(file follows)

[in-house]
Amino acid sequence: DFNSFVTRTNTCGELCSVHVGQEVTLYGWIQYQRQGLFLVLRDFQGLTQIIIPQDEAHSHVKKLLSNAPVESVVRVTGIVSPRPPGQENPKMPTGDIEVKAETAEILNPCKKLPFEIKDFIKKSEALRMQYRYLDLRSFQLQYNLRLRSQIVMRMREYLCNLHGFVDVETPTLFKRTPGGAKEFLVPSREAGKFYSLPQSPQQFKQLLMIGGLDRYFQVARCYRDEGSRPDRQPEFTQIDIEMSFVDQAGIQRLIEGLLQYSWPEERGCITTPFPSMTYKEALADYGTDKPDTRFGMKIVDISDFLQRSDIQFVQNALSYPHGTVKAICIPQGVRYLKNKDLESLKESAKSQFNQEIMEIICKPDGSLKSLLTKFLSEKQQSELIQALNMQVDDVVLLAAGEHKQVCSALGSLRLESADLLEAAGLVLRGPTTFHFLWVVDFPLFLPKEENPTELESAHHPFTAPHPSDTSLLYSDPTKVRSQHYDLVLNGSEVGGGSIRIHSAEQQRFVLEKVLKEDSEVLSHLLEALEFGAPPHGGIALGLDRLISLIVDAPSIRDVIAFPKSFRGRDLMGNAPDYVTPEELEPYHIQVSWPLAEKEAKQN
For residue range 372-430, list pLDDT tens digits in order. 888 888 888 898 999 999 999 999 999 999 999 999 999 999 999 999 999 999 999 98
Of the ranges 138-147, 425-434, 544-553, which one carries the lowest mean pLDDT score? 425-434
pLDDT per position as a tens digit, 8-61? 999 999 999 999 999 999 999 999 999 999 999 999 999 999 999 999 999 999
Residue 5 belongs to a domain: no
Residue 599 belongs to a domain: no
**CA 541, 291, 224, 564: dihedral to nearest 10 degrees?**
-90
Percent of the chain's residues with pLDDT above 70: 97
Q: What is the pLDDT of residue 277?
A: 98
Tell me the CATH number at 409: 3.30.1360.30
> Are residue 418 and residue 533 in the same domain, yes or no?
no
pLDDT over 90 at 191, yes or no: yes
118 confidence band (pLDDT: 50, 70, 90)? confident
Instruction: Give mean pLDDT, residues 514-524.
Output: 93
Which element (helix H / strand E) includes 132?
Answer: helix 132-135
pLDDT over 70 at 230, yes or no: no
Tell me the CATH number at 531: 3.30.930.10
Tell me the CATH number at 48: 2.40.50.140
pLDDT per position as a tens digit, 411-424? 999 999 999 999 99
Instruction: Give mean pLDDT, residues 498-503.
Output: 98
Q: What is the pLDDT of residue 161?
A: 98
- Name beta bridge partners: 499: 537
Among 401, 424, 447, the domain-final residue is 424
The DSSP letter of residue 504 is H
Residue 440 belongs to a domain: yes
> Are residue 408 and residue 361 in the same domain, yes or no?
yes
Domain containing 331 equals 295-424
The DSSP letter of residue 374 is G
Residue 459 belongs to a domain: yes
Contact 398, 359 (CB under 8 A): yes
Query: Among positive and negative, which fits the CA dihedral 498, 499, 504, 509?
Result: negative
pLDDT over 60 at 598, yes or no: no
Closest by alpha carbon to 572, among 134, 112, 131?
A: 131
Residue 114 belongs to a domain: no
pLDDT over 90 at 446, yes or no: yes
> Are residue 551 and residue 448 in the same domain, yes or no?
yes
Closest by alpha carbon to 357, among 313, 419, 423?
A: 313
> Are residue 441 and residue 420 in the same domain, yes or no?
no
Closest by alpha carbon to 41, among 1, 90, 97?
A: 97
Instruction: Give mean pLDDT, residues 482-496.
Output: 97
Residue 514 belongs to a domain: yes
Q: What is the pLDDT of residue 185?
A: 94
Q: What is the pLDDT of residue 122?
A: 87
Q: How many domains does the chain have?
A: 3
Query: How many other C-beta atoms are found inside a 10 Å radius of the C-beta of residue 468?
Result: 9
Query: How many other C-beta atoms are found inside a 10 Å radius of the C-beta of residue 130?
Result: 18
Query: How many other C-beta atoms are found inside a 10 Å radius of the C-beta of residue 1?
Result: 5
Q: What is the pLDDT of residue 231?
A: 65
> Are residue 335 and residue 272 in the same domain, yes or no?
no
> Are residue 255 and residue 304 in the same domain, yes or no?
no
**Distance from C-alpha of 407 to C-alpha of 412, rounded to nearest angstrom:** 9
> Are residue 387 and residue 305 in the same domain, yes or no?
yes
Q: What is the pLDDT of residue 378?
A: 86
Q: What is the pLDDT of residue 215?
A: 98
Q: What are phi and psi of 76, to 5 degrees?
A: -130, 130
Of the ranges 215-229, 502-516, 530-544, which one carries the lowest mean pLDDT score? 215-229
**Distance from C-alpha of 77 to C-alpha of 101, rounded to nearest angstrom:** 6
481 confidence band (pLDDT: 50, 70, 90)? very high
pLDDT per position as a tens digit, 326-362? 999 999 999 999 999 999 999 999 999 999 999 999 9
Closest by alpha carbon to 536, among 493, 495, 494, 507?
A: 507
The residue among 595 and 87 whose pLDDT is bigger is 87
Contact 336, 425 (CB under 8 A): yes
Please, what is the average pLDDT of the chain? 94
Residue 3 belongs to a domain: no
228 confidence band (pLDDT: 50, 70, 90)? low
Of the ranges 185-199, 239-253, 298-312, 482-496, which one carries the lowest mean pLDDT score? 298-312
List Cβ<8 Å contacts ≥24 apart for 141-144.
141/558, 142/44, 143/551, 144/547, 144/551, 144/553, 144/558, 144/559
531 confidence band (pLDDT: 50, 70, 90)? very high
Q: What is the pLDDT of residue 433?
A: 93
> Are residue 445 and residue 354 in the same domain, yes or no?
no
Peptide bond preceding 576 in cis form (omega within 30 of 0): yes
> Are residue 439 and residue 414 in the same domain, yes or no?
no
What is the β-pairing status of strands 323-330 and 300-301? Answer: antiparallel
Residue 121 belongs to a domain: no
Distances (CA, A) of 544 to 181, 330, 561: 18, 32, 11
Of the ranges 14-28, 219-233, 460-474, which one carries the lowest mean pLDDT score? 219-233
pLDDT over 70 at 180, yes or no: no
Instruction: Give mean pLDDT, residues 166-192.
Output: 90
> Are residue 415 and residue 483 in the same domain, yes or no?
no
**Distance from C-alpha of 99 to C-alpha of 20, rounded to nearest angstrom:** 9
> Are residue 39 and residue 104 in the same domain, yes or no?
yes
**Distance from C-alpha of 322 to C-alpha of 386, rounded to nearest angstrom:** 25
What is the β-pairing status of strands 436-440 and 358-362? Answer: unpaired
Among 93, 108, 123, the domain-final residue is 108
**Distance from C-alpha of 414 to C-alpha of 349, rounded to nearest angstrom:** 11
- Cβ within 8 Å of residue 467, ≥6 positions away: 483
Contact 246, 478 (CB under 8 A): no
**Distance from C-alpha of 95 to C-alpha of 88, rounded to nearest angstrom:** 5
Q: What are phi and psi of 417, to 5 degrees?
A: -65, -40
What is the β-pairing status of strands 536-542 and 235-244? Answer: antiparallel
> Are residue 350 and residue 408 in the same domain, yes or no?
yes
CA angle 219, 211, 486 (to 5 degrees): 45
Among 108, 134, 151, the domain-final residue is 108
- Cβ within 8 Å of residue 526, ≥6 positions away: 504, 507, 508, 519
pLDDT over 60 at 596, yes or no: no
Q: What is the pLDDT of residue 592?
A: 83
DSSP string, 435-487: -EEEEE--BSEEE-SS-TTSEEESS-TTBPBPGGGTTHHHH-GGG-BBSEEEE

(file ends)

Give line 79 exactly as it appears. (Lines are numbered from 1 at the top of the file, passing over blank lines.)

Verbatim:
Q: What is the pLDDT of residue 378?